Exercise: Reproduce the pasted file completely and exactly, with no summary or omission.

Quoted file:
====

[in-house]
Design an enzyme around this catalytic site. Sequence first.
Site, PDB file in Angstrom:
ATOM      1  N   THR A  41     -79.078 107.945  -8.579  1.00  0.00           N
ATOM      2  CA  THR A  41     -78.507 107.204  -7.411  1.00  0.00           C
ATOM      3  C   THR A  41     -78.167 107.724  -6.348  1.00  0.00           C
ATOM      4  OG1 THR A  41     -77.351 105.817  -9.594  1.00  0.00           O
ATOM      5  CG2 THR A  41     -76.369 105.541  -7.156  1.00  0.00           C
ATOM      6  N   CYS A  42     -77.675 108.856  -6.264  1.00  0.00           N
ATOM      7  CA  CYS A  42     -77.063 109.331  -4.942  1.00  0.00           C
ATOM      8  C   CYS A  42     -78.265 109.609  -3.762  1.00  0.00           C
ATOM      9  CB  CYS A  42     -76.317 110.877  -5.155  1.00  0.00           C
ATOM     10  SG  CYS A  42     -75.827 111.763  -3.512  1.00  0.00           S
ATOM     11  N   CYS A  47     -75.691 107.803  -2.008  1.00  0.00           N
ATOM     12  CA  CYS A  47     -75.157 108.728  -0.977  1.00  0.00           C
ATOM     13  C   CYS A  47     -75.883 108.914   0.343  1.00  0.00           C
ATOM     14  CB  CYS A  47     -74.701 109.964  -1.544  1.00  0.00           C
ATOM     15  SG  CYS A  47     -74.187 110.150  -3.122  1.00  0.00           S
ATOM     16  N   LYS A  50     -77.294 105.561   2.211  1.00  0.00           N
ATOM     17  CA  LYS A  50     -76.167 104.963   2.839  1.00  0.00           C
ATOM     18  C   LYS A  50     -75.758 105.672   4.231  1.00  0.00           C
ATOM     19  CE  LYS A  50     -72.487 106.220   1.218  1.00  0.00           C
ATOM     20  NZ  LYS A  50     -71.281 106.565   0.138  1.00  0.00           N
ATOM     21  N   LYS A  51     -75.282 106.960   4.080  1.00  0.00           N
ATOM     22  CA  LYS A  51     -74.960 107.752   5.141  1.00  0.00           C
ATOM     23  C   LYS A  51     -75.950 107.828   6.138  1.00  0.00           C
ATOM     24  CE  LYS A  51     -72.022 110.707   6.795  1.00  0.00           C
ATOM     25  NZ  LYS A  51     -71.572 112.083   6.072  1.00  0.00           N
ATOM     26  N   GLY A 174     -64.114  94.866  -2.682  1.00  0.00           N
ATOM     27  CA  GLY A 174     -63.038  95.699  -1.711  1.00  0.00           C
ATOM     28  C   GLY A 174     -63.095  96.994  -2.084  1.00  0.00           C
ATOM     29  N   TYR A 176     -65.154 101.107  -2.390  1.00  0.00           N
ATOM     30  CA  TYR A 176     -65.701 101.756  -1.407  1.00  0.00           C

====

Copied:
[in-house]
Design an enzyme around this catalytic site. Sequence first.
Site, PDB file in Angstrom:
ATOM      1  N   THR A  41     -79.078 107.945  -8.579  1.00  0.00           N
ATOM      2  CA  THR A  41     -78.507 107.204  -7.411  1.00  0.00           C
ATOM      3  C   THR A  41     -78.167 107.724  -6.348  1.00  0.00           C
ATOM      4  OG1 THR A  41     -77.351 105.817  -9.594  1.00  0.00           O
ATOM      5  CG2 THR A  41     -76.369 105.541  -7.156  1.00  0.00           C
ATOM      6  N   CYS A  42     -77.675 108.856  -6.264  1.00  0.00           N
ATOM      7  CA  CYS A  42     -77.063 109.331  -4.942  1.00  0.00           C
ATOM      8  C   CYS A  42     -78.265 109.609  -3.762  1.00  0.00           C
ATOM      9  CB  CYS A  42     -76.317 110.877  -5.155  1.00  0.00           C
ATOM     10  SG  CYS A  42     -75.827 111.763  -3.512  1.00  0.00           S
ATOM     11  N   CYS A  47     -75.691 107.803  -2.008  1.00  0.00           N
ATOM     12  CA  CYS A  47     -75.157 108.728  -0.977  1.00  0.00           C
ATOM     13  C   CYS A  47     -75.883 108.914   0.343  1.00  0.00           C
ATOM     14  CB  CYS A  47     -74.701 109.964  -1.544  1.00  0.00           C
ATOM     15  SG  CYS A  47     -74.187 110.150  -3.122  1.00  0.00           S
ATOM     16  N   LYS A  50     -77.294 105.561   2.211  1.00  0.00           N
ATOM     17  CA  LYS A  50     -76.167 104.963   2.839  1.00  0.00           C
ATOM     18  C   LYS A  50     -75.758 105.672   4.231  1.00  0.00           C
ATOM     19  CE  LYS A  50     -72.487 106.220   1.218  1.00  0.00           C
ATOM     20  NZ  LYS A  50     -71.281 106.565   0.138  1.00  0.00           N
ATOM     21  N   LYS A  51     -75.282 106.960   4.080  1.00  0.00           N
ATOM     22  CA  LYS A  51     -74.960 107.752   5.141  1.00  0.00           C
ATOM     23  C   LYS A  51     -75.950 107.828   6.138  1.00  0.00           C
ATOM     24  CE  LYS A  51     -72.022 110.707   6.795  1.00  0.00           C
ATOM     25  NZ  LYS A  51     -71.572 112.083   6.072  1.00  0.00           N
ATOM     26  N   GLY A 174     -64.114  94.866  -2.682  1.00  0.00           N
ATOM     27  CA  GLY A 174     -63.038  95.699  -1.711  1.00  0.00           C
ATOM     28  C   GLY A 174     -63.095  96.994  -2.084  1.00  0.00           C
ATOM     29  N   TYR A 176     -65.154 101.107  -2.390  1.00  0.00           N
ATOM     30  CA  TYR A 176     -65.701 101.756  -1.407  1.00  0.00           C